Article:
Optimal multi-crop planning implemented under deficit irrigationMulti-Crop planning (MCP) optimization model for cropping pattern and water allocation is introduced as a nonlinear programming problem. Its solution promotes an efficient use of water with a flexibility to keep the chosen crops at either full or deficit irrigation throughout different stages so that the net financial return is maximized within certain production bounds and resources constraints. The problem-solution approach is as follows: at first a preliminary mathematical tools are presented involving existence, benchmark linear models and a relaxation formulation, second two meta-heuristic algorithms Simulated Annealing (SA) and Particle Swarm Optimization (PSO) are implemented as a numerical technique for solving the MCP problem. The particularity of our approach consists of using the solution of the linear problem as an initial guess for the SA, while for PSO the particle swarm is initiated in the neighborhood of that solution.Mon, 10 Sep 2018 19:19:02 +0200OCPaperhttps://cedric.cnam.fr/index.php/publis/article/view?id=4355
https://cedric.cnam.fr/index.php/publis/article/view?id=4355
Short-Term Hydro Generation Scheduling of Cascade Plants Operating on Litani River ProjectShort-term hydro generation optimal scheduling of cascade hydropower stations is a typical nonlinear programming problem that minimizes the deviation between the produced power and the grid requirement while satisfying hydraulic and electrical constraints. In this work, the main objective is to find the optimal hourly water discharge rate of each hydro station in a multi-reservoir system to minimize the power deficit. The demanded load is then distributed among the working units of three cascade hydropower stations constructed on Litaini River - Lebanon: Markaba, Awali and Charles Helou. To achieve our goal, methods involving and joining data mining and mathematical programming will serve as a base for a Decision Support Tool (DST). Based on the DST features, a distributed control structure is implemented using a multiple software framework. MATLAB is used for mathematical optimization while LabVIEW is employed to develop Human Machine Interface (HMI) for sequential control.Mon, 10 Sep 2018 18:26:50 +0200OCPaperhttps://cedric.cnam.fr/index.php/publis/article/view?id=4354
https://cedric.cnam.fr/index.php/publis/article/view?id=4354
"Daily River Flow Prediction Based on Two Phase Constructive Fuzzy Systems Modeling: A Case of Hydrological - Meteorological Measurements AsymmetryAccurate daily river flow forecast is essential in many applications of water resources such as hydropower operation, agricultural planning and flood control. This paper presents a forecasting approach to deal with a newly addressed situation where hydrological data exist for a period longer than that of meteorological data (measurements asymmetry). In fact, one of the potential solutions to resolve measurements asymmetry issue is data re-sampling. It is a matter of either considering only the hydrological data or the balanced part of the hydro-meteorological data set during the forecasting process. However, the main disadvantage is that we may lose potentially relevant information from the left-out data. In this research, the key output is a Two-Phase Constructive Fuzzy inference hybrid model that is implemented over the non re-sampled data. The introduced modeling approach must be capable of exploiting the available data efficiently with higher prediction efficiency relative to Constructive Fuzzy model trained over re-sampled data set. The study was applied to Litani River in the Bekaa Valley – Lebanon by using 4 years of rainfall and 24 years of river flow daily measurements. A Constructive Fuzzy System Model (C-FSM) and a Two-Phase Constructive Fuzzy System Model (TPC-FSM) are trained. Upon validating, the second model has shown a primarily competitive performance and accuracy with the ability to preserve a higher day-to-day variability for 1, 3 and 6 days ahead. In fact, for the longest lead period, the C-FSM and TPC-FSM were able of explaining respectively 84.6% and 86.5% of the actual river flow variation. Overall, the results indicate that TPC-FSM model has provided a better tool to capture extreme flows in the process of streamflow prediction.Mon, 10 Sep 2018 14:39:52 +0200OCPaperhttps://cedric.cnam.fr/index.php/publis/article/view?id=4351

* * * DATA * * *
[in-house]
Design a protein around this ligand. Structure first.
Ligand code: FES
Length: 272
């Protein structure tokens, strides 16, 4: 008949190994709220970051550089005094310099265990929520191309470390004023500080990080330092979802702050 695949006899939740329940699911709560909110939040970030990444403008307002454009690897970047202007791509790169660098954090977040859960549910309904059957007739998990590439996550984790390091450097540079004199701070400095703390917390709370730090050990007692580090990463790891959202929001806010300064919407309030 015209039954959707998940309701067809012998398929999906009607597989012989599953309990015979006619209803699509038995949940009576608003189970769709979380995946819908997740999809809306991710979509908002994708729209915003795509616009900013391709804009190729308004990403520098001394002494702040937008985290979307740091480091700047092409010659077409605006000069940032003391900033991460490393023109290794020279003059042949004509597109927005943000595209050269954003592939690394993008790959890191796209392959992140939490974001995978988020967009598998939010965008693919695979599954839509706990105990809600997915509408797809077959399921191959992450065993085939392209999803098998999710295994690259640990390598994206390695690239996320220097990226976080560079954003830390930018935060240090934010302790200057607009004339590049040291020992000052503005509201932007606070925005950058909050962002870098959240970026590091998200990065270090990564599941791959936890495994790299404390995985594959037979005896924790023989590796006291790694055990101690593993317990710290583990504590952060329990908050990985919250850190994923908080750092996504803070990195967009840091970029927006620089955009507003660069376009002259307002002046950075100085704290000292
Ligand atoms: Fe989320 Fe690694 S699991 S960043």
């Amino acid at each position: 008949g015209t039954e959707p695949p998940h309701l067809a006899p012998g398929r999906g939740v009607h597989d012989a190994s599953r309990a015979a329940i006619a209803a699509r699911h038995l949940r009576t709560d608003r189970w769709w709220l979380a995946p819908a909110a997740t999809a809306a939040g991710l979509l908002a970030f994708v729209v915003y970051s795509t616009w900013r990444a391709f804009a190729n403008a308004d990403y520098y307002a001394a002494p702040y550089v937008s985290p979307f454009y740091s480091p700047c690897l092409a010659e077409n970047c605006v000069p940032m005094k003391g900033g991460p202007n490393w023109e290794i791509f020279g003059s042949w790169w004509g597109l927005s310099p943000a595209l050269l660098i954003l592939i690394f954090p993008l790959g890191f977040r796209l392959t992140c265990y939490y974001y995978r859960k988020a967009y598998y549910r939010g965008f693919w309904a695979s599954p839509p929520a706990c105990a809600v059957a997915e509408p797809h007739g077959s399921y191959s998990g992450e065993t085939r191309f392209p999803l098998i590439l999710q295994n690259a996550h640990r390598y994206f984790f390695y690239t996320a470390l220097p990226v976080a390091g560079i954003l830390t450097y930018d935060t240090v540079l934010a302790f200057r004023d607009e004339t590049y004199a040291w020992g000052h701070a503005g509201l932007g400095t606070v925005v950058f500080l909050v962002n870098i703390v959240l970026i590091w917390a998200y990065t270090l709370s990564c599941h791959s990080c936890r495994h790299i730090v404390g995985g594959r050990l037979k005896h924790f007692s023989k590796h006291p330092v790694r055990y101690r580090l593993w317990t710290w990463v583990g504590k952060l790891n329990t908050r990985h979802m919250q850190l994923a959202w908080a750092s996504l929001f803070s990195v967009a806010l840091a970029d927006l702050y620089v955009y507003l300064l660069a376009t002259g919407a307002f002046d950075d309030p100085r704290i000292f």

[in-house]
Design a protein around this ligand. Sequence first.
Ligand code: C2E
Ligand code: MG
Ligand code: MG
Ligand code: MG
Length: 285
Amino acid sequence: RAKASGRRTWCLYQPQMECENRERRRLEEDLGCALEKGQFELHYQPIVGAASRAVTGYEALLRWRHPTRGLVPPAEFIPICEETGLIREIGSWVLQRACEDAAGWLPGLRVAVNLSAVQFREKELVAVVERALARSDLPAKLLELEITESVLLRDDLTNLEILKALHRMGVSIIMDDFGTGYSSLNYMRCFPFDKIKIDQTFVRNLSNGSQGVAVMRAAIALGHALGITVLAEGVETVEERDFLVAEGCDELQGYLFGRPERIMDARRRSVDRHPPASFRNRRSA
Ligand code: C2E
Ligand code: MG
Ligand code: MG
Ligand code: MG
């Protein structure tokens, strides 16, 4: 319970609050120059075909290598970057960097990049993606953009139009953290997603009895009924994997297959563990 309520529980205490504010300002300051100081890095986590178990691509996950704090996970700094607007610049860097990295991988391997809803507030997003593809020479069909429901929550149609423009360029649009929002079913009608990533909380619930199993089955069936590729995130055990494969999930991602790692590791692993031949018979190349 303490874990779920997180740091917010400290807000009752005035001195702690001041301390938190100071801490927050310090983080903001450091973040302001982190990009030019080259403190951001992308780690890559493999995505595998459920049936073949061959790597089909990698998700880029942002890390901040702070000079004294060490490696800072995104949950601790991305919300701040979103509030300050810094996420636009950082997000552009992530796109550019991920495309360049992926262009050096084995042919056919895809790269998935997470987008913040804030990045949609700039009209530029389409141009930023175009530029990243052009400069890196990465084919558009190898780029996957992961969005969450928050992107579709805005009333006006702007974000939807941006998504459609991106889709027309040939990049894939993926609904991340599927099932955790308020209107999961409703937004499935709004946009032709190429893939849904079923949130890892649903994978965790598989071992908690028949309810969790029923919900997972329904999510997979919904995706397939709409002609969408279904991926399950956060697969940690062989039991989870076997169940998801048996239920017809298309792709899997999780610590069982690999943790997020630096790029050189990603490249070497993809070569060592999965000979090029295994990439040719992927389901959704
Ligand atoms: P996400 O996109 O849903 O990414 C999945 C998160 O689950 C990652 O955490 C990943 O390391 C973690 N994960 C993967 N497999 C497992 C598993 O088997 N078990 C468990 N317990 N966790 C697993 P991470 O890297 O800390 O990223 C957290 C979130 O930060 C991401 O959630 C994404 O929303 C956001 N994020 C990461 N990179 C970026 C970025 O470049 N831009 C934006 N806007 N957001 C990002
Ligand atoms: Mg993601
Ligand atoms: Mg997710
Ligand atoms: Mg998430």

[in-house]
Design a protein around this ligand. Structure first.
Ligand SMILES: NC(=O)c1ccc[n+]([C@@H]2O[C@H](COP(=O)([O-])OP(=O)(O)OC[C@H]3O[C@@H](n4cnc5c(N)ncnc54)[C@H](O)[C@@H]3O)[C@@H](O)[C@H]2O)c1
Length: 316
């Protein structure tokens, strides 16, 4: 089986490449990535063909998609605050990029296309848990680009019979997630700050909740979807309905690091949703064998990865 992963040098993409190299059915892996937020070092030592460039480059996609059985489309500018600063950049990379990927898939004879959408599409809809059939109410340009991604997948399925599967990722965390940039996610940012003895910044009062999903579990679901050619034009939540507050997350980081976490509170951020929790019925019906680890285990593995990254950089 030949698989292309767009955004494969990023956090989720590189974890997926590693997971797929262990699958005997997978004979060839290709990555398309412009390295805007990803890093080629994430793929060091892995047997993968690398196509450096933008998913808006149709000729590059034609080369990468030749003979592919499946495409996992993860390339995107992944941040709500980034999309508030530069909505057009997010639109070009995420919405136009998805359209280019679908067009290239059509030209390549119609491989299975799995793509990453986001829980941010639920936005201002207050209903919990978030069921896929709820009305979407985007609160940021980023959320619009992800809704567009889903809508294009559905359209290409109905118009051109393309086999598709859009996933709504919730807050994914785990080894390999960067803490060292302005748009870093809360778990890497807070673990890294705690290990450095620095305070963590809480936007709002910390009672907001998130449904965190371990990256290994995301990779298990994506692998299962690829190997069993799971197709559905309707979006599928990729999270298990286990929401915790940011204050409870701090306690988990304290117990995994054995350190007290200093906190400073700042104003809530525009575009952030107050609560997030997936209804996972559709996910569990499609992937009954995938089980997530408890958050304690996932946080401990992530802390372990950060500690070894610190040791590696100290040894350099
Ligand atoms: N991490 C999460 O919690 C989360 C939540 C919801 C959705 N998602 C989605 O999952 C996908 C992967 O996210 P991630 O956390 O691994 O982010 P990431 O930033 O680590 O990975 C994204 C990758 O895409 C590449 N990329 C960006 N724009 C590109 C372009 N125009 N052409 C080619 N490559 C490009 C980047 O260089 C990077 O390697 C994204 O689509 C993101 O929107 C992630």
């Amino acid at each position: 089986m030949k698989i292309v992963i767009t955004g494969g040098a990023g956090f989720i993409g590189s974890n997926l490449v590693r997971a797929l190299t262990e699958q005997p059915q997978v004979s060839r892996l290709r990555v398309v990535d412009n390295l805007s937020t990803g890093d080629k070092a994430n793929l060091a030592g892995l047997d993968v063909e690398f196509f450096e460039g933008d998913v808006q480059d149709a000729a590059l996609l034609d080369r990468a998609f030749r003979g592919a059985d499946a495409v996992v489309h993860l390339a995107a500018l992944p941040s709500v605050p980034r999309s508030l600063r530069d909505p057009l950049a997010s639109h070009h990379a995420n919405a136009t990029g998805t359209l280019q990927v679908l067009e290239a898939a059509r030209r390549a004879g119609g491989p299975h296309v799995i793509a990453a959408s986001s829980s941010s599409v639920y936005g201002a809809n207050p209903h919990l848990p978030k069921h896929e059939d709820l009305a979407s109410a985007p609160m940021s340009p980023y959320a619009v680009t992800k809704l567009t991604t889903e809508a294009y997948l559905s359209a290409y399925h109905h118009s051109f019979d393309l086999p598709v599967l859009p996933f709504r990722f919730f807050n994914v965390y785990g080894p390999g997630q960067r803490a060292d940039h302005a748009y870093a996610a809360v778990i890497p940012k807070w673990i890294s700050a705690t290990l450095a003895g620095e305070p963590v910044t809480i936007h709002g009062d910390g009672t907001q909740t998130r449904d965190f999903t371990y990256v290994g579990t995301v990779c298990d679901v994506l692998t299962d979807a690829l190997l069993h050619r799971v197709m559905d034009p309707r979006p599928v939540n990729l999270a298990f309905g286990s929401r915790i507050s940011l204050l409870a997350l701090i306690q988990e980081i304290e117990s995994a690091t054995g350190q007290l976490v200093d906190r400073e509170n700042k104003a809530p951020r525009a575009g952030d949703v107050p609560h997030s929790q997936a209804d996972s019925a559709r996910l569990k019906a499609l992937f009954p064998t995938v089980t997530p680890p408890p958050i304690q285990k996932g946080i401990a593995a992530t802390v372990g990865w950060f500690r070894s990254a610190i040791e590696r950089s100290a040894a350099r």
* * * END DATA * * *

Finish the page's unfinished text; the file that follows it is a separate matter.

https://cedric.cnam.fr/index.php/publis/article/view?id=4351
Ordonnancement sous contraintes d'énergie avec stockage et coûts linéaires par morceauxWed, 05 Sep 2018 23:13:03 +0200OCPaperhttps://cedric.cnam.fr/index.php/publis/article/view?id=4350
https://cedric.cnam.fr/index.php/publis/article/view?id=4350
Lot-sizing for remanufacturing under uncertainty: a stochastic multi-stage mixed-integer programming approachWed, 05 Sep 2018 23:09:47 +0200OCPaperhttps://cedric.cnam.fr/index.php/publis/article/view?id=4349
https://cedric.cnam.fr/index.php/publis/article/view?id=4349
Lot-sizing for remanufacturing under uncertainty: a stochastic multi-stage mixed-integer programming approach Wed, 05 Sep 2018 23:04:42 +0200OCPaperhttps://cedric.cnam.fr/index.php/publis/article/view?id=4348
https://cedric.cnam.fr/index.php/publis/article/view?id=4348